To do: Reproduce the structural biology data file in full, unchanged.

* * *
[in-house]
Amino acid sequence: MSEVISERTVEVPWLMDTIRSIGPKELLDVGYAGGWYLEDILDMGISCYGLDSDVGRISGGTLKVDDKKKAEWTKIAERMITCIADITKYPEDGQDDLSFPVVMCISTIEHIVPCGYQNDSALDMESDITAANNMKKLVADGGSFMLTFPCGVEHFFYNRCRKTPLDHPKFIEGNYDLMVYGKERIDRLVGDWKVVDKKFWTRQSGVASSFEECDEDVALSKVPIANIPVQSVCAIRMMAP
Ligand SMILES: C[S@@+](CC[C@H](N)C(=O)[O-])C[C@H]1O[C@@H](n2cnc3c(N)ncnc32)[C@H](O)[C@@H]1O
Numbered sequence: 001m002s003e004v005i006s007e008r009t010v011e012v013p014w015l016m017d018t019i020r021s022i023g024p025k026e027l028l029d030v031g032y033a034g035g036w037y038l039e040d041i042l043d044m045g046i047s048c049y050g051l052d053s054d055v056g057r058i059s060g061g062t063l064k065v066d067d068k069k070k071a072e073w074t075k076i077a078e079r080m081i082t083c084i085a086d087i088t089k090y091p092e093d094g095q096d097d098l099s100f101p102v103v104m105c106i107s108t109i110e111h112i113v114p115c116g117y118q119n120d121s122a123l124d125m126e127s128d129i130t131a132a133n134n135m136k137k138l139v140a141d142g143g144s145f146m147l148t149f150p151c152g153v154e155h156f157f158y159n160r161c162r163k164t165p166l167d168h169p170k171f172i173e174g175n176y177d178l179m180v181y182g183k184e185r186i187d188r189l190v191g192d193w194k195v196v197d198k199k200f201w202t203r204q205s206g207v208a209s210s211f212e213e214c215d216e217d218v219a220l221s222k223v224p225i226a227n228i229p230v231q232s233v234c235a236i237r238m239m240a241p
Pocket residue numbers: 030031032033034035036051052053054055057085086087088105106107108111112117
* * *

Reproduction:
[in-house]
Amino acid sequence: MSEVISERTVEVPWLMDTIRSIGPKELLDVGYAGGWYLEDILDMGISCYGLDSDVGRISGGTLKVDDKKKAEWTKIAERMITCIADITKYPEDGQDDLSFPVVMCISTIEHIVPCGYQNDSALDMESDITAANNMKKLVADGGSFMLTFPCGVEHFFYNRCRKTPLDHPKFIEGNYDLMVYGKERIDRLVGDWKVVDKKFWTRQSGVASSFEECDEDVALSKVPIANIPVQSVCAIRMMAP
Ligand SMILES: C[S@@+](CC[C@H](N)C(=O)[O-])C[C@H]1O[C@@H](n2cnc3c(N)ncnc32)[C@H](O)[C@@H]1O
Numbered sequence: 001m002s003e004v005i006s007e008r009t010v011e012v013p014w015l016m017d018t019i020r021s022i023g024p025k026e027l028l029d030v031g032y033a034g035g036w037y038l039e040d041i042l043d044m045g046i047s048c049y050g051l052d053s054d055v056g057r058i059s060g061g062t063l064k065v066d067d068k069k070k071a072e073w074t075k076i077a078e079r080m081i082t083c084i085a086d087i088t089k090y091p092e093d094g095q096d097d098l099s100f101p102v103v104m105c106i107s108t109i110e111h112i113v114p115c116g117y118q119n120d121s122a123l124d125m126e127s128d129i130t131a132a133n134n135m136k137k138l139v140a141d142g143g144s145f146m147l148t149f150p151c152g153v154e155h156f157f158y159n160r161c162r163k164t165p166l167d168h169p170k171f172i173e174g175n176y177d178l179m180v181y182g183k184e185r186i187d188r189l190v191g192d193w194k195v196v197d198k199k200f201w202t203r204q205s206g207v208a209s210s211f212e213e214c215d216e217d218v219a220l221s222k223v224p225i226a227n228i229p230v231q232s233v234c235a236i237r238m239m240a241p
Pocket residue numbers: 030031032033034035036051052053054055057085086087088105106107108111112117